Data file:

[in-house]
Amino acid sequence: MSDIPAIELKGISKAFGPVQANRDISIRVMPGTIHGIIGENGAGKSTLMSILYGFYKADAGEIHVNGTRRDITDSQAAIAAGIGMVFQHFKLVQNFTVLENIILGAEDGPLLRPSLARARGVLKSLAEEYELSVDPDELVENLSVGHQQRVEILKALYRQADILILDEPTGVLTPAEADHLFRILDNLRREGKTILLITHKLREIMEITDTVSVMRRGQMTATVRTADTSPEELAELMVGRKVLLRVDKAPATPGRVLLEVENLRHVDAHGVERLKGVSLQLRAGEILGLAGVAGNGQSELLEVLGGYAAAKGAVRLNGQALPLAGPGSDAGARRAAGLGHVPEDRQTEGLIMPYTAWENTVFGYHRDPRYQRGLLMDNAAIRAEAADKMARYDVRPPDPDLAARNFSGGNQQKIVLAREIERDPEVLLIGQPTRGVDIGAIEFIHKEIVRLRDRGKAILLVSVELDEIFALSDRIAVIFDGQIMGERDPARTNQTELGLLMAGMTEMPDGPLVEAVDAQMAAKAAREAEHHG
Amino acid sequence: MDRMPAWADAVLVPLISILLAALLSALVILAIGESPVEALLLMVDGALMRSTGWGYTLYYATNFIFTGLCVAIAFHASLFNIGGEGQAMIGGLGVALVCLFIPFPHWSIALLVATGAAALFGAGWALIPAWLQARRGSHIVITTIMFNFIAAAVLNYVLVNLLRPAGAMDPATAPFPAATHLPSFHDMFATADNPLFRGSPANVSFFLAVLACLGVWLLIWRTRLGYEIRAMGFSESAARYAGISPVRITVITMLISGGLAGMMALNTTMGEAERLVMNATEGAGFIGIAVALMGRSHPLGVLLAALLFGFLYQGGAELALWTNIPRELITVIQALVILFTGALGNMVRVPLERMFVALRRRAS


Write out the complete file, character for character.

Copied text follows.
[in-house]
Amino acid sequence: MSDIPAIELKGISKAFGPVQANRDISIRVMPGTIHGIIGENGAGKSTLMSILYGFYKADAGEIHVNGTRRDITDSQAAIAAGIGMVFQHFKLVQNFTVLENIILGAEDGPLLRPSLARARGVLKSLAEEYELSVDPDELVENLSVGHQQRVEILKALYRQADILILDEPTGVLTPAEADHLFRILDNLRREGKTILLITHKLREIMEITDTVSVMRRGQMTATVRTADTSPEELAELMVGRKVLLRVDKAPATPGRVLLEVENLRHVDAHGVERLKGVSLQLRAGEILGLAGVAGNGQSELLEVLGGYAAAKGAVRLNGQALPLAGPGSDAGARRAAGLGHVPEDRQTEGLIMPYTAWENTVFGYHRDPRYQRGLLMDNAAIRAEAADKMARYDVRPPDPDLAARNFSGGNQQKIVLAREIERDPEVLLIGQPTRGVDIGAIEFIHKEIVRLRDRGKAILLVSVELDEIFALSDRIAVIFDGQIMGERDPARTNQTELGLLMAGMTEMPDGPLVEAVDAQMAAKAAREAEHHG
Amino acid sequence: MDRMPAWADAVLVPLISILLAALLSALVILAIGESPVEALLLMVDGALMRSTGWGYTLYYATNFIFTGLCVAIAFHASLFNIGGEGQAMIGGLGVALVCLFIPFPHWSIALLVATGAAALFGAGWALIPAWLQARRGSHIVITTIMFNFIAAAVLNYVLVNLLRPAGAMDPATAPFPAATHLPSFHDMFATADNPLFRGSPANVSFFLAVLACLGVWLLIWRTRLGYEIRAMGFSESAARYAGISPVRITVITMLISGGLAGMMALNTTMGEAERLVMNATEGAGFIGIAVALMGRSHPLGVLLAALLFGFLYQGGAELALWTNIPRELITVIQALVILFTGALGNMVRVPLERMFVALRRRAS